YouTube

Solomon Fox: "Rockaways" from Solomon

I've been following producer and multi-instrumentalist Solomon Fox since his start with Young Bull, a soul collective out of Durham, N.C. Fox is still with the group but he took some time away to make this self-titled debut, a project he started while living alone in a cabin in rural Virginia. A few years later, he found himself waiting out the pandemic in London and took time there to finish it up. Dreamy and lush, this record is R&B just the way I like it: simple and clean; not overproduced, not complicated. Solomon Fox sings and plays just about everything on this record. He told me that it took a long time to finish this project because he spent hours layering drum loops and scrolling through drum sounds. After he found the beats and pockets he liked, he reengineered a lot of the tracks and tried to create a narrative that would connect them. He did that especially well in "Rockaways"; listen to the heavy bass line and how it weaves in and out the tuneful melody. —Suraya Mohamed


Hirsch: "Reaction" from Denihilism

Hirsch is comprised of actor-musician Emile Hirsch and producer The Frenchman. You'll recognize Emile from films such as Into the Wild, Lords of Dogtown and Once Upon a Time in Hollywood. I fell in love with the synth-heavy new-wave sound. I can't tell if it's the end of a pandemic winter or the one-year anniversary of a global lockdown, but the music makes me hopeful of bubbly summer days ahead as the world begins to open up again. It put a smile on my face, and I hope it does the same for you. —Kara Frame

YouTube

Joel Young, "Friend"

Friendships tested in the icy fires of isolation have been on my mind for the last year. Many of mine survived and got stronger, while others... well, others faded into fond memories. When I heard singer-songwriter Joel Young's (pronounced Joe L) "Friend" for the first time, the opening lyrics punched me in the heart: "I've seen your broken soul / I've seen your whole heart break / I never let you go / As you found your way / You've seen my darkest hour." He guides us through the story of an enduring friendship, comforting us with the song's sweet simplicity: melodic guitar lines that feel like a warm hug, and drums that gently encourage you to sway and smile in your seat. The message is one of optimism, dedication, reassurance and the soul's most powerful balm: gratitude. —Nikki Birch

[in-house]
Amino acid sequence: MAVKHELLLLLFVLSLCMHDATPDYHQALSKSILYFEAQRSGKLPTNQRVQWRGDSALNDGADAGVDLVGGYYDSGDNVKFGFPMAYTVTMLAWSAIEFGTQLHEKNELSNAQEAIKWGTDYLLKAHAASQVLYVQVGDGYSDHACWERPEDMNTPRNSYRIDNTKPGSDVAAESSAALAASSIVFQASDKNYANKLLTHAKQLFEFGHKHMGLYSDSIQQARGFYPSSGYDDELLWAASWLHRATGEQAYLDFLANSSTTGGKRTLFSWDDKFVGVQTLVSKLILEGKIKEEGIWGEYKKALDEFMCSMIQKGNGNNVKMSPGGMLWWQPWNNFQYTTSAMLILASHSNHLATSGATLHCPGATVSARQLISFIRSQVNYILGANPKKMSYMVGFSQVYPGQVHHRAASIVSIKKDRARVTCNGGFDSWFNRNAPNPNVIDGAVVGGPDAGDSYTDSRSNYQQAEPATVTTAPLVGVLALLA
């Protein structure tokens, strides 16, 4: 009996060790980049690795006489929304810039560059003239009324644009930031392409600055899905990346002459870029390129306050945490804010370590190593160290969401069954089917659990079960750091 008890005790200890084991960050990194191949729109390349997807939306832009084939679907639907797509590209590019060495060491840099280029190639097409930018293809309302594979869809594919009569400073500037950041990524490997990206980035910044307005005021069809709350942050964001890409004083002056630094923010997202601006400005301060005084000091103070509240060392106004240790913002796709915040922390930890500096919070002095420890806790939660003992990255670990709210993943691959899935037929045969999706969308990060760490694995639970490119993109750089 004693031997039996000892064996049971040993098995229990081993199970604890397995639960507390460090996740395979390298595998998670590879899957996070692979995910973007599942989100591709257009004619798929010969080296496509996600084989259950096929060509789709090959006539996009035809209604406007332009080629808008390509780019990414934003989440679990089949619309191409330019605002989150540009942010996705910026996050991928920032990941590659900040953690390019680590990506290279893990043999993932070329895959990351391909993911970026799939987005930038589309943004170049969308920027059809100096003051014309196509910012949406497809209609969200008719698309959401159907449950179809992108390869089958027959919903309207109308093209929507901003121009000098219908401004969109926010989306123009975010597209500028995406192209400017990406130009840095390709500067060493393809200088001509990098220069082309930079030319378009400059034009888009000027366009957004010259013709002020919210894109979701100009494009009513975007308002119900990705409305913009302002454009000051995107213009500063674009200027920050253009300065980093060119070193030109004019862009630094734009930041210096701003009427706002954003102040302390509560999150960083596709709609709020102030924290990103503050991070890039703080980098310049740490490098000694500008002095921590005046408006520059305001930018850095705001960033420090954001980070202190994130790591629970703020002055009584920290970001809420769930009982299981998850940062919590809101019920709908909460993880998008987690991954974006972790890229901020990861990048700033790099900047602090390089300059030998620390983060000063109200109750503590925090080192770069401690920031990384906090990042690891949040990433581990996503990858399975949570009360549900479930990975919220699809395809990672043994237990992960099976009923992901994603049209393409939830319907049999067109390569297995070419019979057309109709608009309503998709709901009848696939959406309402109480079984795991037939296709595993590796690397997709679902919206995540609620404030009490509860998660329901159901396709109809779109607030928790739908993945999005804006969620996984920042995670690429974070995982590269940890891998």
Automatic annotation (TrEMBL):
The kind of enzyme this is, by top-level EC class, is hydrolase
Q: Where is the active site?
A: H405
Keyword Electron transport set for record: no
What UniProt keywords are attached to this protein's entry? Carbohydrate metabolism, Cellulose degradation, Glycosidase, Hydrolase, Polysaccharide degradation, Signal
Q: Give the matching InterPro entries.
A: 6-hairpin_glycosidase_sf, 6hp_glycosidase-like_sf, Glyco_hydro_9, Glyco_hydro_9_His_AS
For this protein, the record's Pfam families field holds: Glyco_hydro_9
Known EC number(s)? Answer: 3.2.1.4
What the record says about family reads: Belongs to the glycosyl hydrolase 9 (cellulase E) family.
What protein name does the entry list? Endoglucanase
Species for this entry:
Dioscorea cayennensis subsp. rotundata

YouTube

Floating Points & Pharoah Sanders: "Movement 5" from Promises

Promises is a journey in every sense of that word; it's a journey within, it's a journey through the cosmos. It pairs Floating Points — aka Sam Shepherd the British electronic artist, multi-instrumentalist and composer — and Pharoah Sanders, a tenor saxophonist who has been at the forefront of the jazz avant-garde since the 1960s. Promises is a suite custom-fitted to Sanders voice both on saxophone and his literal voice. The sparkling music really defies classification — it combines classical orchestration with electronic music and the spiritual underpinnings of the jazz tradition that Sanders inhabits. It is inspiring, immersive and it rewards repeat listens. —Nate Chinen, WBGO